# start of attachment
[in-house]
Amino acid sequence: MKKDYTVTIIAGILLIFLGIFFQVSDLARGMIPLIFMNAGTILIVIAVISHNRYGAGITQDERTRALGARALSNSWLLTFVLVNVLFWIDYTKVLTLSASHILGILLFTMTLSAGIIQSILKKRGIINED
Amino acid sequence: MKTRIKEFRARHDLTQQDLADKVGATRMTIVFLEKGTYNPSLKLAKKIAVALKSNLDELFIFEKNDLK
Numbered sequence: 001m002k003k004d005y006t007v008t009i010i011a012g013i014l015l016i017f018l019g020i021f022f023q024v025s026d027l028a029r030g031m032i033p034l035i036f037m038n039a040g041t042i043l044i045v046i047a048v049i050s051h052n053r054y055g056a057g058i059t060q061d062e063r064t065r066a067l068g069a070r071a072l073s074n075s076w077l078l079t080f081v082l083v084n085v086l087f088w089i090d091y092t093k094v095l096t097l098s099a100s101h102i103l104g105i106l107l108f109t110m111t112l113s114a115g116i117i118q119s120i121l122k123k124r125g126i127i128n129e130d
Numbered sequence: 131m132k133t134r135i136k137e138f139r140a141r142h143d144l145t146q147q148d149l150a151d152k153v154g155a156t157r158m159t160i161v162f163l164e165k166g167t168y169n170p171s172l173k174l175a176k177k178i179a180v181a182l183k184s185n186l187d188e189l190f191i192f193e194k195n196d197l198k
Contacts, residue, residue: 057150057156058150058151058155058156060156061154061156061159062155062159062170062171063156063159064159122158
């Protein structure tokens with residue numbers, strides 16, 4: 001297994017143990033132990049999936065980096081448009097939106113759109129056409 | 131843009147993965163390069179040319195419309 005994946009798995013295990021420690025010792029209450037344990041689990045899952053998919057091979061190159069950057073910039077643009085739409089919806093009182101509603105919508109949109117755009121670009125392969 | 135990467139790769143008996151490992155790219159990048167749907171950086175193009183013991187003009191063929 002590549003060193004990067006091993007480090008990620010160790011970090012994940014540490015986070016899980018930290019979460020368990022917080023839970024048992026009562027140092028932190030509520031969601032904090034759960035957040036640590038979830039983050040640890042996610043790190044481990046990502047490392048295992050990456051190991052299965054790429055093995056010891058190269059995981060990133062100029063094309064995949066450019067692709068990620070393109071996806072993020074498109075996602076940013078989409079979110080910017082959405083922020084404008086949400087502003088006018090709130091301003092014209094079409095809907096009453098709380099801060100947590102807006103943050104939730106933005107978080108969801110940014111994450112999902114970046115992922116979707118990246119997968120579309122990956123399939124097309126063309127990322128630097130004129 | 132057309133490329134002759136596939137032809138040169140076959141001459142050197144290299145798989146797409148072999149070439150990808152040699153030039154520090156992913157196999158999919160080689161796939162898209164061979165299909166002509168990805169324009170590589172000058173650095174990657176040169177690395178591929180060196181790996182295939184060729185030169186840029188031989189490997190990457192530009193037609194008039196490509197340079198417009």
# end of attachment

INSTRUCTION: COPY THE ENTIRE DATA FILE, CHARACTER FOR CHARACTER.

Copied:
[in-house]
Amino acid sequence: MKKDYTVTIIAGILLIFLGIFFQVSDLARGMIPLIFMNAGTILIVIAVISHNRYGAGITQDERTRALGARALSNSWLLTFVLVNVLFWIDYTKVLTLSASHILGILLFTMTLSAGIIQSILKKRGIINED
Amino acid sequence: MKTRIKEFRARHDLTQQDLADKVGATRMTIVFLEKGTYNPSLKLAKKIAVALKSNLDELFIFEKNDLK
Numbered sequence: 001m002k003k004d005y006t007v008t009i010i011a012g013i014l015l016i017f018l019g020i021f022f023q024v025s026d027l028a029r030g031m032i033p034l035i036f037m038n039a040g041t042i043l044i045v046i047a048v049i050s051h052n053r054y055g056a057g058i059t060q061d062e063r064t065r066a067l068g069a070r071a072l073s074n075s076w077l078l079t080f081v082l083v084n085v086l087f088w089i090d091y092t093k094v095l096t097l098s099a100s101h102i103l104g105i106l107l108f109t110m111t112l113s114a115g116i117i118q119s120i121l122k123k124r125g126i127i128n129e130d
Numbered sequence: 131m132k133t134r135i136k137e138f139r140a141r142h143d144l145t146q147q148d149l150a151d152k153v154g155a156t157r158m159t160i161v162f163l164e165k166g167t168y169n170p171s172l173k174l175a176k177k178i179a180v181a182l183k184s185n186l187d188e189l190f191i192f193e194k195n196d197l198k
Contacts, residue, residue: 057150057156058150058151058155058156060156061154061156061159062155062159062170062171063156063159064159122158
């Protein structure tokens with residue numbers, strides 16, 4: 001297994017143990033132990049999936065980096081448009097939106113759109129056409 | 131843009147993965163390069179040319195419309 005994946009798995013295990021420690025010792029209450037344990041689990045899952053998919057091979061190159069950057073910039077643009085739409089919806093009182101509603105919508109949109117755009121670009125392969 | 135990467139790769143008996151490992155790219159990048167749907171950086175193009183013991187003009191063929 002590549003060193004990067006091993007480090008990620010160790011970090012994940014540490015986070016899980018930290019979460020368990022917080023839970024048992026009562027140092028932190030509520031969601032904090034759960035957040036640590038979830039983050040640890042996610043790190044481990046990502047490392048295992050990456051190991052299965054790429055093995056010891058190269059995981060990133062100029063094309064995949066450019067692709068990620070393109071996806072993020074498109075996602076940013078989409079979110080910017082959405083922020084404008086949400087502003088006018090709130091301003092014209094079409095809907096009453098709380099801060100947590102807006103943050104939730106933005107978080108969801110940014111994450112999902114970046115992922116979707118990246119997968120579309122990956123399939124097309126063309127990322128630097130004129 | 132057309133490329134002759136596939137032809138040169140076959141001459142050197144290299145798989146797409148072999149070439150990808152040699153030039154520090156992913157196999158999919160080689161796939162898209164061979165299909166002509168990805169324009170590589172000058173650095174990657176040169177690395178591929180060196181790996182295939184060729185030169186840029188031989189490997190990457192530009193037609194008039196490509197340079198417009």